W3C home > Mailing lists > Public > public-html-xml@w3.org > January 2011

Re: Use cases

From: Kurt Cagle <kurt.cagle@gmail.com>
Date: Sun, 2 Jan 2011 21:39:29 -0500
Message-ID: <AANLkTim21SgTP58K26stN_GbPDeyoiafnoYHpb8Z2BtV@mail.gmail.com>
To: Benjamin Hawkes-Lewis <bhawkeslewis@googlemail.com>
Cc: John Cowan <cowan@mercury.ccil.org>, Julian Reschke <julian.reschke@gmx.de>, Norman Walsh <ndw@nwalsh.com>, public-html-xml@w3.org
>
> If the root problem addressed by Use Case 4 is developers want easier
> ways to generate views from models expressed in XML, maybe energies
> should be redirected from fiddling with text/html parsing to
> investigating how XSLT could be improved so it doesn't suck so hard. Why
> don't more developers use XSLT?  Why don't any popular browsers support
> XSLT2 natively? How about adding convenience APIs to XMLHttpRequest to
> pass XML responses through a transform? How about designing HTML
> features to bind parts of an HTML page to be updated from an XML backing
> model using XSLT?
>
>
XSLT1 was the XML community's HTML 3.x - it's a very powerful technology,
but it was also a fairly radical departure in terms of programming - and it
was the first iteration of the underlying data model. XSLT2's data model has
been revised to make a number of things that were handled previously by
extensions possible within the base model, has support for function
declarations in XPath and has a number of other revisions that makes it
considerably easier to use by just about every account.

XSLT2 also didn't come out until 2007, and while there are now a number of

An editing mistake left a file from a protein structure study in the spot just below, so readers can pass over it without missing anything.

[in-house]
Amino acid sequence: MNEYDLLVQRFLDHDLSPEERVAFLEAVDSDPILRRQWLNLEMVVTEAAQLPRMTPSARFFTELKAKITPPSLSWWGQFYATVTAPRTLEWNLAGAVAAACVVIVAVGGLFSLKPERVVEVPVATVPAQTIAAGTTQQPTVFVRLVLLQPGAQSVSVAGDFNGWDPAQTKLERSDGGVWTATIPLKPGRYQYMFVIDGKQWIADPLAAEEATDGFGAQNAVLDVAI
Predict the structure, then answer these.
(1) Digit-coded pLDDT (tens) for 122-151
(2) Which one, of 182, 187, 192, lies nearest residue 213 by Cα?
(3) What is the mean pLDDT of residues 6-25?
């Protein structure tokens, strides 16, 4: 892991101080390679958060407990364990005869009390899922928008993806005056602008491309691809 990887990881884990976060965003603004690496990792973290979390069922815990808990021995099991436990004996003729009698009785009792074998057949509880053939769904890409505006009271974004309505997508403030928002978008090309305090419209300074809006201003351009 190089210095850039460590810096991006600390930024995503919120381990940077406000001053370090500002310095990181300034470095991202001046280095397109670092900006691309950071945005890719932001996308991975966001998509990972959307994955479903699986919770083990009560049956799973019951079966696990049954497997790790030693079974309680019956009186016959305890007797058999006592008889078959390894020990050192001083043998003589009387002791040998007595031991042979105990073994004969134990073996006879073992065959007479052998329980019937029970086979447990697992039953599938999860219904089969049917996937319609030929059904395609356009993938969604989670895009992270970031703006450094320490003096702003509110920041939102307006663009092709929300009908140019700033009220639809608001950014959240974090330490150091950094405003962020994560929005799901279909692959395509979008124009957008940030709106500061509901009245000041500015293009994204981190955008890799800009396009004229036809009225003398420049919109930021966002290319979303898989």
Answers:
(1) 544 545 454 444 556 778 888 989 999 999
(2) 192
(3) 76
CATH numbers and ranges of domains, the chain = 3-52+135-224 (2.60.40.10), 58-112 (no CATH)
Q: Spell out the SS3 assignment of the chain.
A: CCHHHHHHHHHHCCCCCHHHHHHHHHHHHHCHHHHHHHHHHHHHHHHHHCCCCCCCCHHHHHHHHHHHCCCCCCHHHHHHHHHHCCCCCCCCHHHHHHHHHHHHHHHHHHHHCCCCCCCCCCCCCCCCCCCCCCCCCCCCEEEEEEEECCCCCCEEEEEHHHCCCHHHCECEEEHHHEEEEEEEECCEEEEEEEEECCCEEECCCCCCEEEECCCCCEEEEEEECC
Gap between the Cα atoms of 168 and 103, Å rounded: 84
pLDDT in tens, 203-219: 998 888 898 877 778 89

XSLT2 implementations out there, none of them were produced by the browser
vendors. Microsoft does not have an XSLT2 implementation in their base
stack, preferring to work with Linq. Firefox has the (ancient) Transformiix
XSLT1 transformer. I believe that the Webkit browsers (Safari and perhaps
Chrome) are built using the libxslt implementation written by Daniel
Veillard, which is an xslt1 implementation. Saxon of course has the
canonical XSLT 2.0 implementation, but as few browsers are written in Java,
it can't be natively compiled into the C++ code - there is a C# port of
Saxon (which would imply that you could potentially integrate it via Mono
libraries).

Of course, if you COULD integrate Saxon into the Webkit stack, that would
not only give you XSLT 2.0, but would also provide an up-to-date version of
XQuery, which frankly would probably prove FAR more useful to non XML
developers; the language is syntactically close enough to JavaScript that it
could be picked up easily, and it's reasonably useful for handling light to
moderate transformations, as well as for integrating external calls.
Received on Monday, 3 January 2011 02:40:32 GMT

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